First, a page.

Want to Know How to Snack Smart?

Snacking between meals can keep you from getting too hungry and help you maintain a more consistent energy level throughout the day. The secret is eating the right kind of snacks, ones that will give your body the nutrients that it needs.

Nutrient Intake
It can be difficult to get all of your daily recommended nutrients from breakfast, lunch, and dinner alone. Eating small, healthy snacks between your regular meals can add to that nutrient intake.

Snacking on a combination of fruits and a few nuts can be a great and easy way to introduce more vitamins, antioxidants, and healthy fats into your body. Grain crackers and vegetables can give you a fiber-rich boost, and low-fat dairies can provide an increase in calcium.

Feel Fuller, Longer     
If you’re concerned about snacking because you’re trying to manage your weight, smart snacking with fiber- rich foods is one way to actually help you out.

Take almonds, for example. A one-ounce serving of almonds (approximately 23) contains about six grams of protein, four grams of fiber, and is only around 160 calories.

A healthy snack fills you up with the right nutrients and can actually allow you to stick to a moderate amount of food when you do eat your next meal. High-fiber snacks take longer to digest than other snacks, causing you to actually eat less.

Have a Plan
One of the best ways to avoid reaching for unhealthy junk foods is to create weekly meal plans that account for cravings between meals. Put tasty, convenient pairings—like apples or celery with peanut butter—and healthy snacks such as cherry tomatoes, olives, and pickles on your shopping list.

Just make sure to mix up your snacks. While it’s important to incorporate whole, low-glycemic foods into your diet, it’s easy to fall into a snacking rut and just go for the same old, same old. And boredom can lead to the sugary, empty-caloric dark side.

Plan your snacks and save yourself any post-eating guilt.

Consider These Snack Options:
These delicious and quick snacks are under 300 calories:

4 Tbsp. hummus + 1 large carrot = 170 calories
1 medium apple + 2 oz. cheese = 235 calories
1 oz. almonds (approximately 23) + ¼ c. dried cranberries = 255 calories
1 slice whole-grain bread + ½ an avocado = 260 calories
1 cup Greek yogurt + ½ c. granola = 290 calories
2 Tbsp. peanut butter + 1 banana = 295 calories

Got Heartburn?

According to the National Institute of Health, 20% of Americans suffer from heartburn symptoms at least once per week, and nearly half of these people experience symptoms every day.

The pain associated with heartburn is caused by stomach acid backing up into the esophagus through the valve at the entry point of the stomach. The lining of the esophagus is not able to handle the extreme acidity of stomach acid, and because of this, acid reflux can cause considerable damage and lead to ulceration and even cancer.

According to Jonathan Wright in his book Why Stomach Acid is Good For You by, the best way to avoid heartburn and prevent acid reflux is to support proper function of the lower esophageal sphincter. The following are some practical ways to do this.

  • Drink more water. Dehydration can lead to acid reflux by causing the lower esophageal sphincter to relax.
  • Avoid foods and beverages that can weaken the lower esophageal sphincter. This includes chocolate, coffee, mints, sugar, alcohol and onions.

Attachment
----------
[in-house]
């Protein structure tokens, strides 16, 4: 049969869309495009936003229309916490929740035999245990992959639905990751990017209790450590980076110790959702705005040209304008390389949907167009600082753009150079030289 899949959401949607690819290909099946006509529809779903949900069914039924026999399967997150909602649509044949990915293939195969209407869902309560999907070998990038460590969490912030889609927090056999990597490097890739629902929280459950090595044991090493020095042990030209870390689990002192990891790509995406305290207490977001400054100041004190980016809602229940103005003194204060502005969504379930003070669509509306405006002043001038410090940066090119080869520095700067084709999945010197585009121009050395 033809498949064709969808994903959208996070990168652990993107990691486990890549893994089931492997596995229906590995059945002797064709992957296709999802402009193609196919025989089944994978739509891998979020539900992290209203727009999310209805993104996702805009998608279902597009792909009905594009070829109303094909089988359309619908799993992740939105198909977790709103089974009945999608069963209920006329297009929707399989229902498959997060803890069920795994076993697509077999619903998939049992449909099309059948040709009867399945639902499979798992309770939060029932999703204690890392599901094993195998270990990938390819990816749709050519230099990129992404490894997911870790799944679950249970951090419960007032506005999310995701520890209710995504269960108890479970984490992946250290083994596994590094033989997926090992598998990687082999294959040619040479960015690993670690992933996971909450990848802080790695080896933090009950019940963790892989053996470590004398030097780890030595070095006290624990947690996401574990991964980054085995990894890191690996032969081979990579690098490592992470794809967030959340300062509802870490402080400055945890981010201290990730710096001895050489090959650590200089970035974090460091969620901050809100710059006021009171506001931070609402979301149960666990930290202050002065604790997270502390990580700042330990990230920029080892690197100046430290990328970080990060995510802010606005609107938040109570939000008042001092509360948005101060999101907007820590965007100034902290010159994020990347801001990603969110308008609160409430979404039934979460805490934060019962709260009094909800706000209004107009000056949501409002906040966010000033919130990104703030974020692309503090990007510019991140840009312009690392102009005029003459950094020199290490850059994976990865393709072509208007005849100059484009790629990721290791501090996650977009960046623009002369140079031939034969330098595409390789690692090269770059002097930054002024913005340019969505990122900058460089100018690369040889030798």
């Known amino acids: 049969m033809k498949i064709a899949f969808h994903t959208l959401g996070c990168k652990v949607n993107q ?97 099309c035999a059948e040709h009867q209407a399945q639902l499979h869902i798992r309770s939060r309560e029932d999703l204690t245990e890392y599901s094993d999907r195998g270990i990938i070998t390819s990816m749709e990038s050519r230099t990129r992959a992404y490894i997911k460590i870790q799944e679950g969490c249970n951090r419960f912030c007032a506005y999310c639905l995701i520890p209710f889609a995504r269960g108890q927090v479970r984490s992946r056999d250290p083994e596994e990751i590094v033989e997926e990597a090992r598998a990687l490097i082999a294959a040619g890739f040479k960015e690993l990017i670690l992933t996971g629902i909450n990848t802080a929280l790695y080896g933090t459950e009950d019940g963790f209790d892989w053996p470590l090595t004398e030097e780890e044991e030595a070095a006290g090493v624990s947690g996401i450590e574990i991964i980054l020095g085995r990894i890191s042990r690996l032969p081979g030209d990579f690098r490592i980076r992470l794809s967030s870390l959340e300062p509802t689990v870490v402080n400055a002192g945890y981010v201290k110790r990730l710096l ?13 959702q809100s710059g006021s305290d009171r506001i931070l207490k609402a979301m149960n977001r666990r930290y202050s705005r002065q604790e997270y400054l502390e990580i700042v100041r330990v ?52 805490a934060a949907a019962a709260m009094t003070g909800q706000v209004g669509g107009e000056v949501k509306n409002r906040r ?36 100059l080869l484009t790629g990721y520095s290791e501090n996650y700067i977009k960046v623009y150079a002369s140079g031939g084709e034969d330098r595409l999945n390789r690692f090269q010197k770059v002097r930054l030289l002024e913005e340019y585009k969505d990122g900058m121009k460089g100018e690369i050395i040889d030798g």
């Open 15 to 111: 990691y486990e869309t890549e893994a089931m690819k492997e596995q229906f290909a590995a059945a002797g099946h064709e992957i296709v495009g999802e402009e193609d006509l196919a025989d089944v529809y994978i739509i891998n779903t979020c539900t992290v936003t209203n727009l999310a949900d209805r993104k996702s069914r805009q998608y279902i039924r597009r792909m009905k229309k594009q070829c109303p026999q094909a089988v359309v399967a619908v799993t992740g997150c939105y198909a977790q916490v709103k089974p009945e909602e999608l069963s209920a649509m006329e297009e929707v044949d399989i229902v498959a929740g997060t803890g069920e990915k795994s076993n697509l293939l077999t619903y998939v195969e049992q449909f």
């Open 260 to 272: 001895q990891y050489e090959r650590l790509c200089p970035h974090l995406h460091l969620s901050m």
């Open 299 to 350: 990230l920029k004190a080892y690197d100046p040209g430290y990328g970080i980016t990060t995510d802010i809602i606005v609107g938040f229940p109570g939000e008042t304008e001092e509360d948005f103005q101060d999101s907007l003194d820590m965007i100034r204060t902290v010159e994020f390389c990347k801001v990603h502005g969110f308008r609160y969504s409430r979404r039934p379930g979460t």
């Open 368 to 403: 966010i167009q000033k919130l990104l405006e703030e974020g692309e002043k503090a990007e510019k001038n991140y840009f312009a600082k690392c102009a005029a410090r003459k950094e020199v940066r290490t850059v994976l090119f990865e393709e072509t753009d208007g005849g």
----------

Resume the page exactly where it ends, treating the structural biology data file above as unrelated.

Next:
• Don’t overeat. Excessively large meals put pressure on the lower esophageal sphincter and encourage it to open when it shouldn’t.
  • Elevate the head of your bed by 4 to 8 inches. This will keep gravity working in your favor and make it less likely for stomach acid to drain into the esophagus.
  • Get tested for food sensitivities and avoid the reactive foods that may be interfering with the function of the lower esophageal sphincter. Consider a trial of eliminating grains and dairy from your diet. These are the two most likely food groups to cause sensitivities.

It’s also helpful to avoid foods and beverages that can irritate the lining of the esophagus. This includes citrus fruits, tomatoes, spicy foods, coffee and carbonated beverages.

For more information on heartburn and acid reflux, I highly recommend that you read Why Stomach Acid is Good For You by Jonathan Wright, MD.

Join my FREE WEBINAR this Thursday April 20th at 6pm Pacific on Healthy Gut, Healthy Body – Unlocking the Power of Your Second Brain.” REGISTER HERE 

Non Candy Easter Basket Ideas

Easter and candy go hand in hand. So, here are some ideas for a lower candy Easter and equally as fun! May your Easter be the sweetest one yet.  If you celebrate Easter, I hope you celebrate with your favorite people. Count your eggs, your friends, and your blessings.

Non Candy Easter Basket Ideas  – Themed Baskets

  1. Movie theme filled with a throw blanket, a movie,healthy snack bar
  2. Gardening theme filled with seed packets, gardening tools, a sun hat, sunglasses, and gardening gloves.
  3. Fishing theme filled with bait, hooks, weights, an extra roll of fishing line, and a bag of sunflower seeds.
  4. Relaxation theme filled with bath salts, lotions, gourmet chocolate, and a gift card for a massage.
  5. Sports theme filled with sports memorabilia, a bottle of soda, a baseball cap with the person’s favorite team on the front, and a TV schedule of all their favorite games.
  6. Health theme filled with healthy snacks such as , nuts, and, as well as a workout towel, personalized towel and a water bottle.

What to Use For  Basket Fillers

  • Flower petals.
  • Glass beads.
  • Plastic Easter grass.
  • Raffia.
  • A new scarf.
  • Fabric that is ripped to shreds.
  • A new shirt.

What To Put In Adults’ Easter Baskets

  • Sunglasses.
  • New coffee mugs.
  • Cooking spices.
  • Gift cards.
  • Cash.
  • Tasty teas.
  • Home decorations.
  • Bath salts.
  • Lotion.
  • A bottle of wine and wine glasses.
  • Movies or music.